Quirky installed on Asus E200HA


I bought this Asus E200HA baby laptop back in March 2016:
http://barryk.org/news/?viewDetailed=00313

I wanted a machine with UEFI-firmware, for experimenting booting Quirky, but also as something compact to take on trips, for example with carry-on luggage on flights.

The guys on the Puppy Forum have been playing with various ways to run their Raspberry Pis "headless", controlled remotely from a desktop PC or laptop.
I also want to do this, as my Pi3 can then come along on trips, and I will be able to keep developing for it.
Anyway, that is another topic. Back onto Quirky and the E200HA story...

I knew before I purchased it, that there are some issues, such as sound not working, but I thought that they would get resolved in time, later kernels, etc. However, here we are in December, and I experimented with the 4.8.8 kernel, the same things are still broken.

It is not just sound. What has really made me unhappy is that the Linux kernel does not recognise the existence of an SD-card. The socket is there, and it works fine with Windows.

Which has kind of messed up my plans. The E200HA only has 32GB of solid state memory, of which about 11GB is free.
I do not want to have Quirky booting off a USB flash stick, as there are only two USB ports, besides, don't want something always sticking out. An SD-card is ruled out, so that only leaves the internal drive.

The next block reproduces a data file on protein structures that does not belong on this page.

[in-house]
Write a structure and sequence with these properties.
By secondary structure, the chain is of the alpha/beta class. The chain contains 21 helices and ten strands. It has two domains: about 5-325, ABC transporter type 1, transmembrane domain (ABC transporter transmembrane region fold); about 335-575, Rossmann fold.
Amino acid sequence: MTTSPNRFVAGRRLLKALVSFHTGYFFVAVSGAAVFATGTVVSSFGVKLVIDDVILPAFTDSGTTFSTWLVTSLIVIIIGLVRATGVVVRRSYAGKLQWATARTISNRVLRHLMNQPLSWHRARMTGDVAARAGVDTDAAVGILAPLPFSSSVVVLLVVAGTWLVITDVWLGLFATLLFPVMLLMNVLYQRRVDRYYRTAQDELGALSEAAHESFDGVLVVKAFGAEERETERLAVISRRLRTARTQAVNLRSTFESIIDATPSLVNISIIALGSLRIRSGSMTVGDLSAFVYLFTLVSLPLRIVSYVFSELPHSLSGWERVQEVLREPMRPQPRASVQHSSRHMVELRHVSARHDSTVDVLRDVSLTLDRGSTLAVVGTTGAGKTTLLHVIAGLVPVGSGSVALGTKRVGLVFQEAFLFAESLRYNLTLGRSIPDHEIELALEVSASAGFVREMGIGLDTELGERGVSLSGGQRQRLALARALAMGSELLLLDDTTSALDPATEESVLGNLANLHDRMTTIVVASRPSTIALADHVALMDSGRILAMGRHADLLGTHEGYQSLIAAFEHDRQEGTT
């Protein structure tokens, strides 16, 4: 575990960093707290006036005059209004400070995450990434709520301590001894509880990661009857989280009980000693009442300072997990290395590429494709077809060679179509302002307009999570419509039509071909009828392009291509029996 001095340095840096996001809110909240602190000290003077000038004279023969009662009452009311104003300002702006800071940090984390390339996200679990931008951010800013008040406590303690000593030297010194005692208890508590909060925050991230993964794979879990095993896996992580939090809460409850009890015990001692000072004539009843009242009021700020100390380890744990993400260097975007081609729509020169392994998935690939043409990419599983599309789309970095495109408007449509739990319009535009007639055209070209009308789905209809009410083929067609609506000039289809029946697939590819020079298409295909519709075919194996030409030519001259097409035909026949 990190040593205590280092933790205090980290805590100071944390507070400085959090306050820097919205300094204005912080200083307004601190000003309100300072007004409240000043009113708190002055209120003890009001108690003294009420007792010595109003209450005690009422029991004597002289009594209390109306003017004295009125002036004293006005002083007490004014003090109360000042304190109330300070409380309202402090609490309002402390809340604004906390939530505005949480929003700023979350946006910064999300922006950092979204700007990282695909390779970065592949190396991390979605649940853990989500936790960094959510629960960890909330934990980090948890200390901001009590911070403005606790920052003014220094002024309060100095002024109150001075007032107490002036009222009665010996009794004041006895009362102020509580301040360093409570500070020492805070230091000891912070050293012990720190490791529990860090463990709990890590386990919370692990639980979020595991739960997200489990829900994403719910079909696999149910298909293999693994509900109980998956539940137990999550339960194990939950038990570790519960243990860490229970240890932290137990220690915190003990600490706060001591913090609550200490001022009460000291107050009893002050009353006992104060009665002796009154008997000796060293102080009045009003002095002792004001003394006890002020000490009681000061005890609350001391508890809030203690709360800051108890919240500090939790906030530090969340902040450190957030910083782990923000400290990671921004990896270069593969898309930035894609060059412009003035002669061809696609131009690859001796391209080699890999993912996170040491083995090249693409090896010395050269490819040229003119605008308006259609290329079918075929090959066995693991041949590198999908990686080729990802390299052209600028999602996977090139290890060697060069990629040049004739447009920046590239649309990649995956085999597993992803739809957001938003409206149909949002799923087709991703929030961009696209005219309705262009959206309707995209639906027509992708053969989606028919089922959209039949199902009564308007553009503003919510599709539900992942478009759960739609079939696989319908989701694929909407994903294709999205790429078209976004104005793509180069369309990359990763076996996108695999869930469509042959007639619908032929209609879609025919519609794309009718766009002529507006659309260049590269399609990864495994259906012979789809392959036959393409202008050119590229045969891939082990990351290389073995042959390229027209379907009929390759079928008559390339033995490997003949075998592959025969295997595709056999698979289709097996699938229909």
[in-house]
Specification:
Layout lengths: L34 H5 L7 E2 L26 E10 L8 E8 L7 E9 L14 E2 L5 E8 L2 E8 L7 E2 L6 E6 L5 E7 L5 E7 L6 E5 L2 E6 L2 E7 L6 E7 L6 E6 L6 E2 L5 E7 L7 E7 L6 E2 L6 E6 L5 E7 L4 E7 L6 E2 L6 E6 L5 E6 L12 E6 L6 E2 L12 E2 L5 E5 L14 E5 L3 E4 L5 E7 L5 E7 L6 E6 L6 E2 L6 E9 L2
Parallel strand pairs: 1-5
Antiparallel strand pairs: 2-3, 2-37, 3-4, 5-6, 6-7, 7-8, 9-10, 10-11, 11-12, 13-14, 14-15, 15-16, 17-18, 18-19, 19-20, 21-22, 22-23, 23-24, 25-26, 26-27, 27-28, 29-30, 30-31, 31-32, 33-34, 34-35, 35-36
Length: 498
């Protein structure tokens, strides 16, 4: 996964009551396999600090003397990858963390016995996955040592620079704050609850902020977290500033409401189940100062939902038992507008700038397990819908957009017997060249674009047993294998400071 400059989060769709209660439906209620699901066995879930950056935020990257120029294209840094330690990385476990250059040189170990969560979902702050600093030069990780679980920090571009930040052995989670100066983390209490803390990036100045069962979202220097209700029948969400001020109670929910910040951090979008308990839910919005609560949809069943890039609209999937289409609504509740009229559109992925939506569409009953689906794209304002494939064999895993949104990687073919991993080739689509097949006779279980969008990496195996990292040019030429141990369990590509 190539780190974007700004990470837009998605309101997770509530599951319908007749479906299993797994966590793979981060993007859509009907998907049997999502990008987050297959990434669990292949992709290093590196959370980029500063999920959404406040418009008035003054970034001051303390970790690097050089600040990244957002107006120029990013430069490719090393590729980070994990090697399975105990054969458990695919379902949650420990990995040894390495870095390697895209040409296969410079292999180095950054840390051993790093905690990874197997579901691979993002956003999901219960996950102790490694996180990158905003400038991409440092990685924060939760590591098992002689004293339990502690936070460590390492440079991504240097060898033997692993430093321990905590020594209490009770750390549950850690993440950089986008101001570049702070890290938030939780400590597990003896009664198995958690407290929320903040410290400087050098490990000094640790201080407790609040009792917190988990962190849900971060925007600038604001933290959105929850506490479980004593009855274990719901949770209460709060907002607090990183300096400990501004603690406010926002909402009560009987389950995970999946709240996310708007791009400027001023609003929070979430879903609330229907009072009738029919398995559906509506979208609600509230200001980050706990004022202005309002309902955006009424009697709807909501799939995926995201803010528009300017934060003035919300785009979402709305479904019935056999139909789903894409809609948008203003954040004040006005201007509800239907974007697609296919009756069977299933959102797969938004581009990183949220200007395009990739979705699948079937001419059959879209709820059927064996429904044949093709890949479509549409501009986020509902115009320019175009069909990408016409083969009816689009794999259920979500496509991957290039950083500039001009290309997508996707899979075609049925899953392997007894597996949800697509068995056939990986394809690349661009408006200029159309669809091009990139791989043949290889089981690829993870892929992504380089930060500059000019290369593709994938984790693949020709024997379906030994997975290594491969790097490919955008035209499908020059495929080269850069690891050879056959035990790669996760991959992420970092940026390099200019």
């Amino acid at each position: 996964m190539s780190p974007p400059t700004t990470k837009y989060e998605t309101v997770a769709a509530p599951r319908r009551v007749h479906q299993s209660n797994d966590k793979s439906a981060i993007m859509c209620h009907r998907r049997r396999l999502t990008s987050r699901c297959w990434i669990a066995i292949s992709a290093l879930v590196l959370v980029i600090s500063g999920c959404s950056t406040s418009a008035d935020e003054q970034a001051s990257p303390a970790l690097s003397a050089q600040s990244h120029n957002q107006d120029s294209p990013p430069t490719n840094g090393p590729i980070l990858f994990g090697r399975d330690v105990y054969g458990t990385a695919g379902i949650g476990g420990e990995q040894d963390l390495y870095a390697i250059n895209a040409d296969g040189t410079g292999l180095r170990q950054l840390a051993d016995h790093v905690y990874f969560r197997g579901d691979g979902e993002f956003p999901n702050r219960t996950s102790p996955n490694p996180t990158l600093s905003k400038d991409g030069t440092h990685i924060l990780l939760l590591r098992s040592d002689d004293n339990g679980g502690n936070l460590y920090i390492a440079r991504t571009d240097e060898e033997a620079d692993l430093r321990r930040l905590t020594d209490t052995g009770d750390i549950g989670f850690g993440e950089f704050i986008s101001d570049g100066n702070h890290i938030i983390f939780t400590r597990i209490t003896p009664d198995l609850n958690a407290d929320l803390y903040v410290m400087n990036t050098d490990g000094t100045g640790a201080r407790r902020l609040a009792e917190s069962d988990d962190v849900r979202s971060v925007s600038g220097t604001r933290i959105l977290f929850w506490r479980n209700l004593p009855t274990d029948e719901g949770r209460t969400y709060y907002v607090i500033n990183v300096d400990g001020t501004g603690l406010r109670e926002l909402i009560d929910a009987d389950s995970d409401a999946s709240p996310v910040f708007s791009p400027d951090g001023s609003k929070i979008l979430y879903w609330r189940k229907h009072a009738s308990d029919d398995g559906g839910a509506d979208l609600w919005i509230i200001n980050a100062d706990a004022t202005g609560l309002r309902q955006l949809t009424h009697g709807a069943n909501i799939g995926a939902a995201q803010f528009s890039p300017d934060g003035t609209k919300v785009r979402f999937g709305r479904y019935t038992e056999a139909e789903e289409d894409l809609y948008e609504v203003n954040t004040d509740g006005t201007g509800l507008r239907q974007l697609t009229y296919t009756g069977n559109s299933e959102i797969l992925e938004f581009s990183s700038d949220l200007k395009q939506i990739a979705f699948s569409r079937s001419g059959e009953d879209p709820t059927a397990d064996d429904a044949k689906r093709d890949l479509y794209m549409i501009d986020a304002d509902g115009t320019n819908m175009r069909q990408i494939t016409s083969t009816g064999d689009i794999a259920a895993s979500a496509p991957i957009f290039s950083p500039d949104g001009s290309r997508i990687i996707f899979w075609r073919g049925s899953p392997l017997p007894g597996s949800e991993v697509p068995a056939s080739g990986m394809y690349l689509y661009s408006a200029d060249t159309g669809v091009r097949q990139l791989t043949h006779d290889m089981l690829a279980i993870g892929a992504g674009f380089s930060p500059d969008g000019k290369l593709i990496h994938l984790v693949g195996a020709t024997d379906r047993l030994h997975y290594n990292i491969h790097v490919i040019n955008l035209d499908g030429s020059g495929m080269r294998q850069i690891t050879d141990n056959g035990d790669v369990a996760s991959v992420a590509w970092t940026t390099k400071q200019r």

How I installed Quirky internally is very interesting. Here are the steps:

1. Shrink drive C:
Running Windows 10, I typed "Partition" in the search box, which quickly located the Partition Manager. Right-click on the C: drive and choose to shrink it by just over 5GB.

2. Create new partitions
Booted Quirky Xerus64 8.0 on USB flash-stick, ran GParted, created two primary partitions, 256MB fat32, and about 5GB ext4. These are identified as mmcblk0p5 and mmcblk0p6.
I set the "boot" and "esp" flags on mmcblk0p5.

3. ext4 without journal
GParted doesn't offer this, so after exiting GParted, ran this:
mke2fs -t ext4 -O ^has_journal -L quirky2 -m 0 -b 4096 /dev/mmcblk0p6

4. Populate ESP boot partition
I copied everything from the vfat partition of the USB flash-stick to mmcblkop5.
The only change needed is to edit syslinux.cfg and EFI/BOOT/syslinux.cfg and substitute the correct value for PARTUUID. I got it by running this:
echo -e 'i\n6\nq' | ${PRE}gdisk /dev/mmcblk0

5. Install Quirky into mmcblk0p6
I then ran the Setup -> Quirky Universal Installer, and chose a full installation to a hard drive partition.
As I am running Quirky 8.0, the installer wanted the xerus64-8.0.iso, that I had already placed on the flash stick.

6. Configure UEFI booting
I have documented how to configure the UEFI setup to boot from a Flash stick:
http://barryk.org/quirky/uefi.htm
In this case, very interesting, the ESP fat32 partition that I created is identified as "Android-IA". Who cares, it works!

So, future bootups will always boot Quirky. If I should ever want to boot Windows, I will have to hold down the F2 key at power-on and make the change in the UEFI Ssetup.